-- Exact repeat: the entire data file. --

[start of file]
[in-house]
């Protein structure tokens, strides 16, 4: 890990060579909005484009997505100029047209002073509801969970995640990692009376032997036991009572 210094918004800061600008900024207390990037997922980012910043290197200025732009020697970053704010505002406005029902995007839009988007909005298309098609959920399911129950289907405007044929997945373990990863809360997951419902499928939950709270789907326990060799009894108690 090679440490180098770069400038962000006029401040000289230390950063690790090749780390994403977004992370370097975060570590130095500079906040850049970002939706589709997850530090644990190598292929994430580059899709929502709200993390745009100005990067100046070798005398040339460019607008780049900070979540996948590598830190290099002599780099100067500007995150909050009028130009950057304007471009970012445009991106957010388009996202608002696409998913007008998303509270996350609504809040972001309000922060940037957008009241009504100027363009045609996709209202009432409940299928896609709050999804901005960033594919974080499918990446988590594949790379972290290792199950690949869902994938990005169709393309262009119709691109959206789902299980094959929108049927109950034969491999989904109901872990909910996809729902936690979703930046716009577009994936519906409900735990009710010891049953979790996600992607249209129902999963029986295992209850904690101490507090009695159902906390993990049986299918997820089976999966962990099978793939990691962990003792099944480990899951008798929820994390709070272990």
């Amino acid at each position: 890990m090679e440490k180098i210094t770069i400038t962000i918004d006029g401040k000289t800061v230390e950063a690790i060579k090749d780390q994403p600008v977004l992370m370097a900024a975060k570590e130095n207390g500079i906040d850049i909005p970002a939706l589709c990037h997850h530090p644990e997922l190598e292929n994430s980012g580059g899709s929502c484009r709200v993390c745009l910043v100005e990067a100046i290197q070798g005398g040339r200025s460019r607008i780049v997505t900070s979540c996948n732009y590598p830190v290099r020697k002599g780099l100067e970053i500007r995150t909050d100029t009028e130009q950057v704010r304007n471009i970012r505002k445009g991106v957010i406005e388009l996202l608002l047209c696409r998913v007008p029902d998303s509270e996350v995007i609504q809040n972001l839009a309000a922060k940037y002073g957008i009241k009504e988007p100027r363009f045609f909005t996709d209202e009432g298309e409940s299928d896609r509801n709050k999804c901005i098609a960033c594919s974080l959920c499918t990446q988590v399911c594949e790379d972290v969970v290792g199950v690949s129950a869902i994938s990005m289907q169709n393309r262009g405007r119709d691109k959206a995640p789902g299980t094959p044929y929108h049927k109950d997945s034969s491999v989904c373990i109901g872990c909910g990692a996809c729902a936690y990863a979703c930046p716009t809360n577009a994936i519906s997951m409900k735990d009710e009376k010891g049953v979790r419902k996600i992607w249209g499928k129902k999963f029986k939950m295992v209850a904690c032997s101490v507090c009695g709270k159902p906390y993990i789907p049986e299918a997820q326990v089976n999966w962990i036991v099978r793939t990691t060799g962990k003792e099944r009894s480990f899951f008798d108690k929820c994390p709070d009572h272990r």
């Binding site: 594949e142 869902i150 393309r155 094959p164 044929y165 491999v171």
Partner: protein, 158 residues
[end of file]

[in-house]
């Protein structure tokens, strides 16, 4: 890990060579909005484009997505100029047209002073509801969970995640990692009376032997036991009572 210094918004800061600008900024207390990037997922980012910043290197200025732009020697970053704010505002406005029902995007839009988007909005298309098609959920399911129950289907405007044929997945373990990863809360997951419902499928939950709270789907326990060799009894108690 090679440490180098770069400038962000006029401040000289230390950063690790090749780390994403977004992370370097975060570590130095500079906040850049970002939706589709997850530090644990190598292929994430580059899709929502709200993390745009100005990067100046070798005398040339460019607008780049900070979540996948590598830190290099002599780099100067500007995150909050009028130009950057304007471009970012445009991106957010388009996202608002696409998913007008998303509270996350609504809040972001309000922060940037957008009241009504100027363009045609996709209202009432409940299928896609709050999804901005960033594919974080499918990446988590594949790379972290290792199950690949869902994938990005169709393309262009119709691109959206789902299980094959929108049927109950034969491999989904109901872990909910996809729902936690979703930046716009577009994936519906409900735990009710010891049953979790996600992607249209129902999963029986295992209850904690101490507090009695159902906390993990049986299918997820089976999966962990099978793939990691962990003792099944480990899951008798929820994390709070272990």
């Amino acid at each position: 890990m090679e440490k180098i210094t770069i400038t962000i918004d006029g401040k000289t800061v230390e950063a690790i060579k090749d780390q994403p600008v977004l992370m370097a900024a975060k570590e130095n207390g500079i906040d850049i909005p970002a939706l589709c990037h997850h530090p644990e997922l190598e292929n994430s980012g580059g899709s929502c484009r709200v993390c745009l910043v100005e990067a100046i290197q070798g005398g040339r200025s460019r607008i780049v997505t900070s979540c996948n732009y590598p830190v290099r020697k002599g780099l100067e970053i500007r995150t909050d100029t009028e130009q950057v704010r304007n471009i970012r505002k445009g991106v957010i406005e388009l996202l608002l047209c696409r998913v007008p029902d998303s509270e996350v995007i609504q809040n972001l839009a309000a922060k940037y002073g957008i009241k009504e988007p100027r363009f045609f909005t996709d209202e009432g298309e409940s299928d896609r509801n709050k999804c901005i098609a960033c594919s974080l959920c499918t990446q988590v399911c594949e790379d972290v969970v290792g199950v690949s129950a869902i994938s990005m289907q169709n393309r262009g405007r119709d691109k959206a995640p789902g299980t094959p044929y929108h049927k109950d997945s034969s491999v989904c373990i109901g872990c909910g990692a996809c729902a936690y990863a979703c930046p716009t809360n577009a994936i519906s997951m409900k735990d009710e009376k010891g049953v979790r419902k996600i992607w249209g499928k129902k999963f029986k939950m295992v209850a904690c032997s101490v507090c009695g709270k159902p906390y993990i789907p049986e299918a997820q326990v089976n999966w962990i036991v099978r793939t990691t060799g962990k003792e099944r009894s480990f899951f008798d108690k929820c994390p709070d009572h272990r």
């Binding site: 594949e142 869902i150 393309r155 094959p164 044929y165 491999v171």
Partner: protein, 158 residues